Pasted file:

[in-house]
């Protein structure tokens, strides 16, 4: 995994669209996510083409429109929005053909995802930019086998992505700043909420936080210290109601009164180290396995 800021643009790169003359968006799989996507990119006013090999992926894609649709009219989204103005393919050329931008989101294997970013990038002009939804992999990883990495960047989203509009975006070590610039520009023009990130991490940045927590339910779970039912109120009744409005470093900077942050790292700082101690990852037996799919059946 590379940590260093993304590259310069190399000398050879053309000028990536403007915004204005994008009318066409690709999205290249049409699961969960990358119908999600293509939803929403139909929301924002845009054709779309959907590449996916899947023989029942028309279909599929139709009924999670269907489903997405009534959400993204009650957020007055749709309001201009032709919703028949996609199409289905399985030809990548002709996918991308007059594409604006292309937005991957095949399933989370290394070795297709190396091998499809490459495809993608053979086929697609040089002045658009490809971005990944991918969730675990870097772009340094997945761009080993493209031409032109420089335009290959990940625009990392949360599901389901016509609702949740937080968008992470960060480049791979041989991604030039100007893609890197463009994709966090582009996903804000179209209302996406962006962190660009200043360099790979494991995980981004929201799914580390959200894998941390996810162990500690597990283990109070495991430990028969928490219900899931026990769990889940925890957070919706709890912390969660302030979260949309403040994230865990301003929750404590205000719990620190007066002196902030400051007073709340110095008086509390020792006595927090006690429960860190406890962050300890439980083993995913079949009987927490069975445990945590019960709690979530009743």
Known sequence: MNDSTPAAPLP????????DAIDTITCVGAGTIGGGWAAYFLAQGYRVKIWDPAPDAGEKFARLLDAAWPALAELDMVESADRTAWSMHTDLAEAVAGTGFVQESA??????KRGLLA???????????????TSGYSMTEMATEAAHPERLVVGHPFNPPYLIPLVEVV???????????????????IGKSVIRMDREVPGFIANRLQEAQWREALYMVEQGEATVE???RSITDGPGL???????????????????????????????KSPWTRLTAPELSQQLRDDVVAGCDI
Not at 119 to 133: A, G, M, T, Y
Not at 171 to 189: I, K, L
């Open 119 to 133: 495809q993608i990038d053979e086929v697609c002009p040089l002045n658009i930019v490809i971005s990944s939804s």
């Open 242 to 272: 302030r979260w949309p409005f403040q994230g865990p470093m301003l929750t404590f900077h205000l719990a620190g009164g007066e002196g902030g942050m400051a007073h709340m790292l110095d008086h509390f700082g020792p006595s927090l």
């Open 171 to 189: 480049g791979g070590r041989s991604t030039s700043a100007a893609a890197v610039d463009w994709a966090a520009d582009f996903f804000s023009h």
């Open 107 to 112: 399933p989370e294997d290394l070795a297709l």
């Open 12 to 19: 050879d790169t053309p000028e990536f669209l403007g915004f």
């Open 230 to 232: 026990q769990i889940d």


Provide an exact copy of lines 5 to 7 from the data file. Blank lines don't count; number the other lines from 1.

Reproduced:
Not at 171 to 189: I, K, L
């Open 119 to 133: 495809q993608i990038d053979e086929v697609c002009p040089l002045n658009i930019v490809i971005s990944s939804s």
């Open 242 to 272: 302030r979260w949309p409005f403040q994230g865990p470093m301003l929750t404590f900077h205000l719990a620190g009164g007066e002196g902030g942050m400051a007073h709340m790292l110095d008086h509390f700082g020792p006595s927090l």